Journalist Hooman Majd's new book, The Ministry of Guidance Invites You to Not Stay, was inspired by the year he and his young American family spent in Tehran, where Majd was born. He tells Fresh Air about the country's long-standing tradition of sulking, and what sets Tehran apart from most other Islamic metropolises.
No One Knows about Persian Cats, which won the Special Jury Prize at last year's Cannes Film Festival, has now opened in theaters across the U.S. Critic John Powers says that Bahman Ghobadi's film — about outlaw musicians in Iran — is a reminder of the liberating potential of rock.
New York Times journalist Roger Cohen gives an eyewitness account of the attacks against demonstrators in the wake of the June election. Cohen stayed in Tehran, even after the Iranian government revoked all foreign press passes.
Bloody protests in the streets of Iran following that nation's June 12 presidential election have captivated the world's attention, but what does it all mean? Political analyst Karim Sadjadpour weighs in on the unprecedented events — and who holds the power.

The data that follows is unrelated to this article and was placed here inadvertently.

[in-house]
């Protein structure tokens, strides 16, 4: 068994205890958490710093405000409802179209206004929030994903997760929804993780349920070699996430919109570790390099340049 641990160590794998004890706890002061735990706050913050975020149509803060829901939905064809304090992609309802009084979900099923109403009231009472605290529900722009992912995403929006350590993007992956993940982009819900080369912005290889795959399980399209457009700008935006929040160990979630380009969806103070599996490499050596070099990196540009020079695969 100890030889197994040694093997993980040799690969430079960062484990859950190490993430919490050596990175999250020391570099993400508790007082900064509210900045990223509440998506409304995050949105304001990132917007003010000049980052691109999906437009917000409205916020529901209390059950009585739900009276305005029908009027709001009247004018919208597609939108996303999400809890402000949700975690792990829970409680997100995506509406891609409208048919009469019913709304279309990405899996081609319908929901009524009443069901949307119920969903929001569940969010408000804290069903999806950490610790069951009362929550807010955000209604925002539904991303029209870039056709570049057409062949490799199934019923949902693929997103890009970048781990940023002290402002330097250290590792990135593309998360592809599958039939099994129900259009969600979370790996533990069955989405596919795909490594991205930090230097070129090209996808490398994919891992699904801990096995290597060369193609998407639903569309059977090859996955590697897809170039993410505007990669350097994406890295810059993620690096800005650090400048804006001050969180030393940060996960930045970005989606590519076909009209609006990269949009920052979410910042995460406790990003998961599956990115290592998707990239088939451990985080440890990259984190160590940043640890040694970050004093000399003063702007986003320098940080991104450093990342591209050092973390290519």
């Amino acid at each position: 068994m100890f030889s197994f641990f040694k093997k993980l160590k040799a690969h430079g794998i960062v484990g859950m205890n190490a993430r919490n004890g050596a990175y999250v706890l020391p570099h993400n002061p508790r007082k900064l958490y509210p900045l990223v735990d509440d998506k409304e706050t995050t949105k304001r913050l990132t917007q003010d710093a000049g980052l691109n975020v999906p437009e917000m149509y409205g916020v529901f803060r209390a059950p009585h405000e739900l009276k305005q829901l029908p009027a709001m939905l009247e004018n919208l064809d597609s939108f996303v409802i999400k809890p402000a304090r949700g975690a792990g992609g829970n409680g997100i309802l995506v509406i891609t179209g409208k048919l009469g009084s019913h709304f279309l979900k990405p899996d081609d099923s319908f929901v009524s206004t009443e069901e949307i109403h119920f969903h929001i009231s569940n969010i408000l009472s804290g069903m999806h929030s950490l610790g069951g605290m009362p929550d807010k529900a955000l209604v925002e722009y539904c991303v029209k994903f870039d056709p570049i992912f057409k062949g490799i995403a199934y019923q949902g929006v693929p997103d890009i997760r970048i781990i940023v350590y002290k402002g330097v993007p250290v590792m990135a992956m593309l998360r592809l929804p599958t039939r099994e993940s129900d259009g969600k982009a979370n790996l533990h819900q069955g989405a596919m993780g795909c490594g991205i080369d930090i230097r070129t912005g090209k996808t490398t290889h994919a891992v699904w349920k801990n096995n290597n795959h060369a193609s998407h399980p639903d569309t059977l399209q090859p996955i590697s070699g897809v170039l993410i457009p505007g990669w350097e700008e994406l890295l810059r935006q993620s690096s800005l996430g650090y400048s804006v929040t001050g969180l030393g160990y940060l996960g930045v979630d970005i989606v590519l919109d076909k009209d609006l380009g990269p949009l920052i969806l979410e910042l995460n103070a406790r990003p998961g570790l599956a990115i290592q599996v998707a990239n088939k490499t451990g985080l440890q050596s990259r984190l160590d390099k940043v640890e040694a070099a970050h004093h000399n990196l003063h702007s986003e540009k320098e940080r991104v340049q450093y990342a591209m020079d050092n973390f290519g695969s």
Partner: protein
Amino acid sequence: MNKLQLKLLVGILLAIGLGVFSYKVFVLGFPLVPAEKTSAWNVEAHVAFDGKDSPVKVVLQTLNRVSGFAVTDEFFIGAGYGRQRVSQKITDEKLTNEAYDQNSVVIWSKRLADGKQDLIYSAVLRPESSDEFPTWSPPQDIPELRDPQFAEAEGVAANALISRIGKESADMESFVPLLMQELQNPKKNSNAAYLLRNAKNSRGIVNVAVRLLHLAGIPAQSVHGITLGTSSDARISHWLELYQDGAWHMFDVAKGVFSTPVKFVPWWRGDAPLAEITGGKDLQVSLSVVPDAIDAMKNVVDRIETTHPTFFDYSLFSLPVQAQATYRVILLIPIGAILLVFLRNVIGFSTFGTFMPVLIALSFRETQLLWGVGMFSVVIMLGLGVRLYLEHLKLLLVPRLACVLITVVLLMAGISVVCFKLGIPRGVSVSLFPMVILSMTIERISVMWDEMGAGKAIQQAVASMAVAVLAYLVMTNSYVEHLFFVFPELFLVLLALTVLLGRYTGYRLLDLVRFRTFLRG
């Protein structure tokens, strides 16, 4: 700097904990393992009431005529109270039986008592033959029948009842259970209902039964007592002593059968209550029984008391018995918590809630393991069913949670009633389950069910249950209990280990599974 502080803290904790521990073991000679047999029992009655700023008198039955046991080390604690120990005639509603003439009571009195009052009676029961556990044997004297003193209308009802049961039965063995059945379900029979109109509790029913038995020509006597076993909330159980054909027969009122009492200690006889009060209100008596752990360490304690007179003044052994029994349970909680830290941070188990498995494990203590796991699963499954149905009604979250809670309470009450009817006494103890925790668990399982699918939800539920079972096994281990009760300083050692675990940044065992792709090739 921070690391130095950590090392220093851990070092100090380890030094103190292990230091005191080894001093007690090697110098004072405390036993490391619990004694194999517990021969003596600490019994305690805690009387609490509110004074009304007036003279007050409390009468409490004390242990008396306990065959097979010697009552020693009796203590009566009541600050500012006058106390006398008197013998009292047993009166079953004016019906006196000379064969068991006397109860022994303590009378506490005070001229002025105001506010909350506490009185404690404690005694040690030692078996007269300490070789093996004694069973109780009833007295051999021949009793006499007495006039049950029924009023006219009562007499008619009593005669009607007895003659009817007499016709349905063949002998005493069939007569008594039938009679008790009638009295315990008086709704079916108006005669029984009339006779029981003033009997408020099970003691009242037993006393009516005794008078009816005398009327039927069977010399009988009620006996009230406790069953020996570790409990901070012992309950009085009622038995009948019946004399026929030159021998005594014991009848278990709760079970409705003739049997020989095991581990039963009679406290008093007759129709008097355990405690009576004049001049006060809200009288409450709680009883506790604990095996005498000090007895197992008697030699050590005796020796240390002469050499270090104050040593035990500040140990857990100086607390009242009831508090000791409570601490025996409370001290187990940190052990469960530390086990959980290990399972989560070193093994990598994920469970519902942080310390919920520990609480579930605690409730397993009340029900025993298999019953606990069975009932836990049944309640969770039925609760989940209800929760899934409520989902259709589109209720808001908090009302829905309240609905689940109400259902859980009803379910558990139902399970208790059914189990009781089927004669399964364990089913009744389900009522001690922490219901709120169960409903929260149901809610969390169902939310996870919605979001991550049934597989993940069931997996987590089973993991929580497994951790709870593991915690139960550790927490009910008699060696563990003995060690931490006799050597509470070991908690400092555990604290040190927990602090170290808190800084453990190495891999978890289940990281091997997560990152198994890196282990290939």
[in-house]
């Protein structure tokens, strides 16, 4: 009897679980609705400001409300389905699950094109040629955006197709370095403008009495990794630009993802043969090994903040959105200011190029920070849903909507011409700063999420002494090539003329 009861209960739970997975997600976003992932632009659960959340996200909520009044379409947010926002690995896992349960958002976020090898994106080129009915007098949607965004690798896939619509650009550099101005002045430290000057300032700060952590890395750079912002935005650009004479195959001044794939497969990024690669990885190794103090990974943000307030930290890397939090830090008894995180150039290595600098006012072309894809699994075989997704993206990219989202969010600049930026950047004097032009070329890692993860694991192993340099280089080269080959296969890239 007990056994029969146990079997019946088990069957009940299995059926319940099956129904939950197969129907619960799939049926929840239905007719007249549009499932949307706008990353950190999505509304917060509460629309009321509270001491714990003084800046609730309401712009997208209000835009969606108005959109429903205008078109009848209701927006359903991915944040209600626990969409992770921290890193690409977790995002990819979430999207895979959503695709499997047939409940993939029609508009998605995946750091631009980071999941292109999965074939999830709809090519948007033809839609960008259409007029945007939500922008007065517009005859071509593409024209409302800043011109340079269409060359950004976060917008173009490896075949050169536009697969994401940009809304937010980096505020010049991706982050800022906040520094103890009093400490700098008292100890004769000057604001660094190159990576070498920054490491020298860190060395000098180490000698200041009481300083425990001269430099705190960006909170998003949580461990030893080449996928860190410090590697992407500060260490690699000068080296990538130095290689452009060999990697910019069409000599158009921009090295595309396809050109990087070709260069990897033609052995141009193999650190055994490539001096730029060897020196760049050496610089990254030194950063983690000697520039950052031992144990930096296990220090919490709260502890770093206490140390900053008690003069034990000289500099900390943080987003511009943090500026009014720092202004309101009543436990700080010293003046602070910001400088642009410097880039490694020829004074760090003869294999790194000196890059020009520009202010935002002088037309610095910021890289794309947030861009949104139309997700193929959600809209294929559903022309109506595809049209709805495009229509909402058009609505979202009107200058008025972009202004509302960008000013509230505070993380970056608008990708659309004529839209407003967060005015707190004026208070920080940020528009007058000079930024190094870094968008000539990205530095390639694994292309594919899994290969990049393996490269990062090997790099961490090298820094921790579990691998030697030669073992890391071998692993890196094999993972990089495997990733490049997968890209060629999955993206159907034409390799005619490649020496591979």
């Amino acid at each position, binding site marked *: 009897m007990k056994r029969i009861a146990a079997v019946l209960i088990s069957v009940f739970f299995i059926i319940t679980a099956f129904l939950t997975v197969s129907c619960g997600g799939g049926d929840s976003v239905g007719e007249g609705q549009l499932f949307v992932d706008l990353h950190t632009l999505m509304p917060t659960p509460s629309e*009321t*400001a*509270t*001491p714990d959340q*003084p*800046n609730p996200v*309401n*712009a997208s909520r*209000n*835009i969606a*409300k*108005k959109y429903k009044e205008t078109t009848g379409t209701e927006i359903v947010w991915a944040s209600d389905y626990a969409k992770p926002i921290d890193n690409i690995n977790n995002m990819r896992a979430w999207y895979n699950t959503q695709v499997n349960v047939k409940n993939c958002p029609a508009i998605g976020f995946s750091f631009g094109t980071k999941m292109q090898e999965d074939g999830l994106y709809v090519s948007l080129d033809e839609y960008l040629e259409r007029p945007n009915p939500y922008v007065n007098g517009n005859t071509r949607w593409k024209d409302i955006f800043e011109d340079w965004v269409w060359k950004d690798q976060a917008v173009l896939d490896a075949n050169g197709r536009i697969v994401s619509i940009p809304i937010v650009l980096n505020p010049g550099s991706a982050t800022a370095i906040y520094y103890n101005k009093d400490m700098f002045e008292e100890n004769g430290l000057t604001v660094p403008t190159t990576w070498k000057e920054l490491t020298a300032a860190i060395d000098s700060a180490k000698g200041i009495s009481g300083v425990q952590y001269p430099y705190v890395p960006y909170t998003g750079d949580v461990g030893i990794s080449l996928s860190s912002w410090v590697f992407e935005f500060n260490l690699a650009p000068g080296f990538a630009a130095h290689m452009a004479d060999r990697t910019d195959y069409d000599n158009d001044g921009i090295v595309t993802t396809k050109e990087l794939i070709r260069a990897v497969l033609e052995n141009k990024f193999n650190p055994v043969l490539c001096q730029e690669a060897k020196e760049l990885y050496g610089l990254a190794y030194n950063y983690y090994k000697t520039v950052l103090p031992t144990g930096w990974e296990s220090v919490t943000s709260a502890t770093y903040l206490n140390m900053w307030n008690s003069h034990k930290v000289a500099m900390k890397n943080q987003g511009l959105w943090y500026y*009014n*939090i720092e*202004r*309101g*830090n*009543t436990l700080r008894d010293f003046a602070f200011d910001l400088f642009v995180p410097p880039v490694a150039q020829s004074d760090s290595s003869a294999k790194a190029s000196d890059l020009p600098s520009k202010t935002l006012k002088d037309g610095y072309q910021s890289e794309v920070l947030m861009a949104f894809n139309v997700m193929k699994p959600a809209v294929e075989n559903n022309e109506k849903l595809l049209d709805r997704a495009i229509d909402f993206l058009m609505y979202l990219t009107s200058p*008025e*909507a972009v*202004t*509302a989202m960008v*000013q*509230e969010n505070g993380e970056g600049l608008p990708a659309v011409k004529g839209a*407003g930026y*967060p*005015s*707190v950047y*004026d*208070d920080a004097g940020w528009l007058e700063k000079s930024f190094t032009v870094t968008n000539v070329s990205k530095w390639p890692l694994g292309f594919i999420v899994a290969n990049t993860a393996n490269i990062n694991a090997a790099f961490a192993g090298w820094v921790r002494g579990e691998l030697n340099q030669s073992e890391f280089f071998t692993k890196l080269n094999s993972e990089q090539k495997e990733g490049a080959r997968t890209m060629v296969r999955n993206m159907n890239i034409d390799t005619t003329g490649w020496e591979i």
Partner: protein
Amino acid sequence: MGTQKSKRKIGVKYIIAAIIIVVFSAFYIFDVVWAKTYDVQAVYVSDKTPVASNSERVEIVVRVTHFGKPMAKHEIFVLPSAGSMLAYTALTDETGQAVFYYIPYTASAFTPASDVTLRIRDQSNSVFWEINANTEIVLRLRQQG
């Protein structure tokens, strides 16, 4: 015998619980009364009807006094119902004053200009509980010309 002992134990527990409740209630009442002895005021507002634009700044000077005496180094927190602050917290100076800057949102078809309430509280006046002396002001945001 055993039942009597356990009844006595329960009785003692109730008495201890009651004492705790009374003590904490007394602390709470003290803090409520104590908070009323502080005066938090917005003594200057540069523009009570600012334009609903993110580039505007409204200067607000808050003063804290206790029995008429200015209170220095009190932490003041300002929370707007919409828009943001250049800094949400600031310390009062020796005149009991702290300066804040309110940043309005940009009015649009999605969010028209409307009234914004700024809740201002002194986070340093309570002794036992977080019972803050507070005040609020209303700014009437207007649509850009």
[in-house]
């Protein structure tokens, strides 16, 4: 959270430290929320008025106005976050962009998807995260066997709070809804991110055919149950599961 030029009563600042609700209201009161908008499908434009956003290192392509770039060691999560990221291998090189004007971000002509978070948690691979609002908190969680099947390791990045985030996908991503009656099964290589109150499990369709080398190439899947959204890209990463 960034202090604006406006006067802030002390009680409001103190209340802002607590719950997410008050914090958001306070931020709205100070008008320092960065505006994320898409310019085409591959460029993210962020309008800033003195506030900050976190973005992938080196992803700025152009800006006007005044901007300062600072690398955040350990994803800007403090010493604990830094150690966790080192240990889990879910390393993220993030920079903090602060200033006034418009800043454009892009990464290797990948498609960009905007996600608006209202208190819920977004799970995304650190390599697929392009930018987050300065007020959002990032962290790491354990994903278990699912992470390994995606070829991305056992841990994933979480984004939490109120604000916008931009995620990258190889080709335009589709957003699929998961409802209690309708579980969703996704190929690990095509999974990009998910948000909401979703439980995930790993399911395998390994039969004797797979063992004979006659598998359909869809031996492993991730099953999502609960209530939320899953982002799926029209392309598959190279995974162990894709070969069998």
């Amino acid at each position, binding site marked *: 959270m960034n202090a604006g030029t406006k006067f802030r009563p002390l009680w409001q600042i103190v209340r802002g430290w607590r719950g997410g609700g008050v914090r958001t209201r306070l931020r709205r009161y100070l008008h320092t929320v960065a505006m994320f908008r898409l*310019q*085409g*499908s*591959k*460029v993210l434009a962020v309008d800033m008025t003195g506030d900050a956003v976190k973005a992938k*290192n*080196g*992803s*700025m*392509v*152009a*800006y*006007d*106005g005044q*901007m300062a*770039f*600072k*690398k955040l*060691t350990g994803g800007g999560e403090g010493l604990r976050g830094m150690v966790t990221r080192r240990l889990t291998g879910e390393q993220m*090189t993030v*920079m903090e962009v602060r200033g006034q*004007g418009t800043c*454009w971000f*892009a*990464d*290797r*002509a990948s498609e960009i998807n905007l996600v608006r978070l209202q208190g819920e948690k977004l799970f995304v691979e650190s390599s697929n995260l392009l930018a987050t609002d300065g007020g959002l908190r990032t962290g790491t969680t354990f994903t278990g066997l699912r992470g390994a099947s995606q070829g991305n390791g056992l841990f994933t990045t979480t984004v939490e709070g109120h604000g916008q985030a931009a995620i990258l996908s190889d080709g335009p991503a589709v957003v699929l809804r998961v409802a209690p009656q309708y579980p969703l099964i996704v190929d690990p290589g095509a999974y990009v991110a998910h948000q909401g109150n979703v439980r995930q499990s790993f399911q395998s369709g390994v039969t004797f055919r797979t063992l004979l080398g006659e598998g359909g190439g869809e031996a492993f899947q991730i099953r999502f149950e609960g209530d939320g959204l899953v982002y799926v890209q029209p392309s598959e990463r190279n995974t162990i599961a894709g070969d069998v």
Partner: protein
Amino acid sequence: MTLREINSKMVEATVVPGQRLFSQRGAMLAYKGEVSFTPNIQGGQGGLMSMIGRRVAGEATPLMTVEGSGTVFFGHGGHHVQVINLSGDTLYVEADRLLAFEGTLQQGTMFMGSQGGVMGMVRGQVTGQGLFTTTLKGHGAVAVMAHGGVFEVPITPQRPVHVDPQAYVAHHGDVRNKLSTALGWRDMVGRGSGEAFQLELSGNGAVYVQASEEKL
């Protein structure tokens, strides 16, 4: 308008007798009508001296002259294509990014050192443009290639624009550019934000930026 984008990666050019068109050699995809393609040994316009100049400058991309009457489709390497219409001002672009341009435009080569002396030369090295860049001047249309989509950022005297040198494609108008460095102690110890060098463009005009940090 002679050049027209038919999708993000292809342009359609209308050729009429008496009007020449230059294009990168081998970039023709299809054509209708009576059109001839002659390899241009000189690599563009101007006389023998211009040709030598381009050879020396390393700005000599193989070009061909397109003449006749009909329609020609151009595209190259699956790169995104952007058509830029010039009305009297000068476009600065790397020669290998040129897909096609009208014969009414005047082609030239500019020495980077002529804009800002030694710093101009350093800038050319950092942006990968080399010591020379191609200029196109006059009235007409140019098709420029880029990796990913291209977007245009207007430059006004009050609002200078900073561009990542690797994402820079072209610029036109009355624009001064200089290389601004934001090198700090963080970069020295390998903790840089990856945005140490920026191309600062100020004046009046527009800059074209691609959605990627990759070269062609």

This past week marked the 26th anniversary of the failed rescue attempt of hostages held at the U.S. Embassy in Tehran for 444 days. We talks with journalist Mark Bowden, author of Guests of the Ayatollah: The First Battle in America's War with Militant Islam.
New York Times reporter Elaine Sciolino. She was the first American and the first woman to interview the Ayatollah when he came into power in 1979. She was expelled from Iran ten years ago and recently returned there for the first time since to cover the elections. Terry talks with her about the changes she saw in Iran from the ten years previous.